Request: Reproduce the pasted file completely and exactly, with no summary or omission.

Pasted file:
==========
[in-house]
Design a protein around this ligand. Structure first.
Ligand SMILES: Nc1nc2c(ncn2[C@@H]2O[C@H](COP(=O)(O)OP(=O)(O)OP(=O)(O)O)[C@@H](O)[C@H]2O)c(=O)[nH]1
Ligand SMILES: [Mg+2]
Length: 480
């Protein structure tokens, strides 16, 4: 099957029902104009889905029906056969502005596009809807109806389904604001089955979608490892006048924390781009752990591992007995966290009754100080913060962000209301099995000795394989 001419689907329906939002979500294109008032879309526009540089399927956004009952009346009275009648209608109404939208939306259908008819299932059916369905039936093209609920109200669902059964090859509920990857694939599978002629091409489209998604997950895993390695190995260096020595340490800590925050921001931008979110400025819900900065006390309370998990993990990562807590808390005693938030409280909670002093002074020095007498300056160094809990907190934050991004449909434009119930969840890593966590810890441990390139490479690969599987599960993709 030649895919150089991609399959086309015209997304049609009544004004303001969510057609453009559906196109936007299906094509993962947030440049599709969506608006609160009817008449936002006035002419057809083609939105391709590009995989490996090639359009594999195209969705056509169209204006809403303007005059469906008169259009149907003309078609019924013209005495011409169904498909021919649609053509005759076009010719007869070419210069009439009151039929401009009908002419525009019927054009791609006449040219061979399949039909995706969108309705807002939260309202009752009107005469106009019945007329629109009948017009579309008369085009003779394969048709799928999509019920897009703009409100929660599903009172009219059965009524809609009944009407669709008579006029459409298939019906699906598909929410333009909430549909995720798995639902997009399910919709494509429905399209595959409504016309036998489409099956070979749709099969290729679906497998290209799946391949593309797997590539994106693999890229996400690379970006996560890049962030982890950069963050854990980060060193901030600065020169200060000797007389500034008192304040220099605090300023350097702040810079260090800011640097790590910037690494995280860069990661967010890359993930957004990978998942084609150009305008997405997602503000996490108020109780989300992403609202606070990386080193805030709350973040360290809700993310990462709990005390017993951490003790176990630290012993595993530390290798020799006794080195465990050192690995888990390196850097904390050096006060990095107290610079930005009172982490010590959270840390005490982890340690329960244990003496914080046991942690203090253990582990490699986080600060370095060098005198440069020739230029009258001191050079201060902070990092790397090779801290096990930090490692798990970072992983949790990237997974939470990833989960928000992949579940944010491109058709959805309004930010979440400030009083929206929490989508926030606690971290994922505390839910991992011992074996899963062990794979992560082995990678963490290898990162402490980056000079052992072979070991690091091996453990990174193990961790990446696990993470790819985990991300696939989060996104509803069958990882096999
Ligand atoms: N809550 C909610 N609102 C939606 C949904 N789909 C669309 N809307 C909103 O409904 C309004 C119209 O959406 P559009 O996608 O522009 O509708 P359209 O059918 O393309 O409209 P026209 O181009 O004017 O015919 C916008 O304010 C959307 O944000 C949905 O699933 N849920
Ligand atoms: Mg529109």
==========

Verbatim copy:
[in-house]
Design a protein around this ligand. Structure first.
Ligand SMILES: Nc1nc2c(ncn2[C@@H]2O[C@H](COP(=O)(O)OP(=O)(O)OP(=O)(O)O)[C@@H](O)[C@H]2O)c(=O)[nH]1
Ligand SMILES: [Mg+2]
Length: 480
């Protein structure tokens, strides 16, 4: 099957029902104009889905029906056969502005596009809807109806389904604001089955979608490892006048924390781009752990591992007995966290009754100080913060962000209301099995000795394989 001419689907329906939002979500294109008032879309526009540089399927956004009952009346009275009648209608109404939208939306259908008819299932059916369905039936093209609920109200669902059964090859509920990857694939599978002629091409489209998604997950895993390695190995260096020595340490800590925050921001931008979110400025819900900065006390309370998990993990990562807590808390005693938030409280909670002093002074020095007498300056160094809990907190934050991004449909434009119930969840890593966590810890441990390139490479690969599987599960993709 030649895919150089991609399959086309015209997304049609009544004004303001969510057609453009559906196109936007299906094509993962947030440049599709969506608006609160009817008449936002006035002419057809083609939105391709590009995989490996090639359009594999195209969705056509169209204006809403303007005059469906008169259009149907003309078609019924013209005495011409169904498909021919649609053509005759076009010719007869070419210069009439009151039929401009009908002419525009019927054009791609006449040219061979399949039909995706969108309705807002939260309202009752009107005469106009019945007329629109009948017009579309008369085009003779394969048709799928999509019920897009703009409100929660599903009172009219059965009524809609009944009407669709008579006029459409298939019906699906598909929410333009909430549909995720798995639902997009399910919709494509429905399209595959409504016309036998489409099956070979749709099969290729679906497998290209799946391949593309797997590539994106693999890229996400690379970006996560890049962030982890950069963050854990980060060193901030600065020169200060000797007389500034008192304040220099605090300023350097702040810079260090800011640097790590910037690494995280860069990661967010890359993930957004990978998942084609150009305008997405997602503000996490108020109780989300992403609202606070990386080193805030709350973040360290809700993310990462709990005390017993951490003790176990630290012993595993530390290798020799006794080195465990050192690995888990390196850097904390050096006060990095107290610079930005009172982490010590959270840390005490982890340690329960244990003496914080046991942690203090253990582990490699986080600060370095060098005198440069020739230029009258001191050079201060902070990092790397090779801290096990930090490692798990970072992983949790990237997974939470990833989960928000992949579940944010491109058709959805309004930010979440400030009083929206929490989508926030606690971290994922505390839910991992011992074996899963062990794979992560082995990678963490290898990162402490980056000079052992072979070991690091091996453990990174193990961790990446696990993470790819985990991300696939989060996104509803069958990882096999
Ligand atoms: N809550 C909610 N609102 C939606 C949904 N789909 C669309 N809307 C909103 O409904 C309004 C119209 O959406 P559009 O996608 O522009 O509708 P359209 O059918 O393309 O409209 P026209 O181009 O004017 O015919 C916008 O304010 C959307 O944000 C949905 O699933 N849920
Ligand atoms: Mg529109």